One of the irritating side effects of using Group Policy security group filtering on computers is that, if you change a computer’s group membership, you either had to reboot the computer or wait the default 7 days for the computer’s Kerberos ticket to expire before it picked up its new group membership. Recently however, there was a thread on the ActiveDir.org mailing list about this. Steve Linehan–resident AD smart guy at Microsoft–posted that in Server 2008, Microsoft added some switches to the klist.exe utility that you could use to force a refresh of the server’s tokens, and thus pick up group membership changes without a reboot. The command format for doing that is:
klist –li 0x3e7 purge
You have to run this command from an elevated prompt on Server 2008. Unfortunately, on Vista, klist is not included, though Steve mentioned that Vista has all the plumbing to support it. I tried the easy route–which was simply copying klist.exe from Server 2008 to Vista, but it failed with resource errors, so I suspect something else is missing.
Of course, this approach is all great but what about those Server 2003 boxes you have that you need to pick up group membership changes on, but that you can’t reboot. Well, thanks to a comment by Dean Wells on this thread, I did some experimenting and there is a way to do this on Server 2003 (and presumably XP as well)! First off, you need to get ahold of klist.exe from the Server 2003 Resource Kit Tools. Once you have that on your 2003 box, you need to fire up a command shell running as localSystem. The easiest way to do that is to simply use the AT.exe task scheduler command line to run a command shell. Because AT runs as localSystem, the resulting command shell that is opened up is also running as localSystem. So, for example, if right now its 15:30 and I want to open up my command shell at 15:31, I would type:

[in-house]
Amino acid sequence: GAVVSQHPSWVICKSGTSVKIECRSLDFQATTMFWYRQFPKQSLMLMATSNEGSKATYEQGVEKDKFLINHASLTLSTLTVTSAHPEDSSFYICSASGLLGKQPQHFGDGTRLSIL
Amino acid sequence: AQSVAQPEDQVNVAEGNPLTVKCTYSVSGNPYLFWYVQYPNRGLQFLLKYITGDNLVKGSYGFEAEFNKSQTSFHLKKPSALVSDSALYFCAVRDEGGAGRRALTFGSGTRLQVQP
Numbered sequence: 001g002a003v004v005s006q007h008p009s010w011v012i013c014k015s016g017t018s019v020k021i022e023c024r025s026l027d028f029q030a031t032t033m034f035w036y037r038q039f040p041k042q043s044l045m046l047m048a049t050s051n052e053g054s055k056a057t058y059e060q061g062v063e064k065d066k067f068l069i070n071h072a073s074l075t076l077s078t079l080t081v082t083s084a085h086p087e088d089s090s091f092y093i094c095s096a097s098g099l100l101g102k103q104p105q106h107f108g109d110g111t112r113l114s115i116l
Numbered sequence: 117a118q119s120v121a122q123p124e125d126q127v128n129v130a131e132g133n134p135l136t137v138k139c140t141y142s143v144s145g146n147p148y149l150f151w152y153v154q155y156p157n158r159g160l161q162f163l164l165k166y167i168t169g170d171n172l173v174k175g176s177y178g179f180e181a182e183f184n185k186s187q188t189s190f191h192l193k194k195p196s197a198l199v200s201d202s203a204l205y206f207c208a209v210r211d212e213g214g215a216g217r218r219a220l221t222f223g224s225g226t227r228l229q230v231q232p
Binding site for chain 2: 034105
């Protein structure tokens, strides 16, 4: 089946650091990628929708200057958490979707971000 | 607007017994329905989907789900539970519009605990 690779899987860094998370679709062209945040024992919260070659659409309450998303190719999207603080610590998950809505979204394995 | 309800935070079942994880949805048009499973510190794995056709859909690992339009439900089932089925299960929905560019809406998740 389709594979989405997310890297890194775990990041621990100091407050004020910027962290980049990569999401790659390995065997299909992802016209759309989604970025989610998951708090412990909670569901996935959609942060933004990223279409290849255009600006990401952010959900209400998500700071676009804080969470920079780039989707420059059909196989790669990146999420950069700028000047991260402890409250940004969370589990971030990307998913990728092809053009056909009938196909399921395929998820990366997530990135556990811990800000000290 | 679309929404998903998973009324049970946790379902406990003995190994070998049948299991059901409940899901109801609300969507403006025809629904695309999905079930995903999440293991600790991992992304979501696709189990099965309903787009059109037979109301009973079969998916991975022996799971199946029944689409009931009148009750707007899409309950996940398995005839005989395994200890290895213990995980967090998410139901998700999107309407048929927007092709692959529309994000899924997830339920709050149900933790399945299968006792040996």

AT 15:31 /interactive cmd.exe
That means that in one minute, a command shell will appear on my server console running as localSystem. Once I’ve got that, I simply need to use the following syntax with klist:
When you do that, you will likely see a number of y/n prompts for each ticket. Simply say y to each one and once its done, the machine should now know about its new group membership. I tested this by setting a GPO to deny a particular computer group. I ran klist purge and then gpupdate /force and sure enough, the policy settings I had denied were removed!
Thanks to Dean Wells for this tip–its a great one!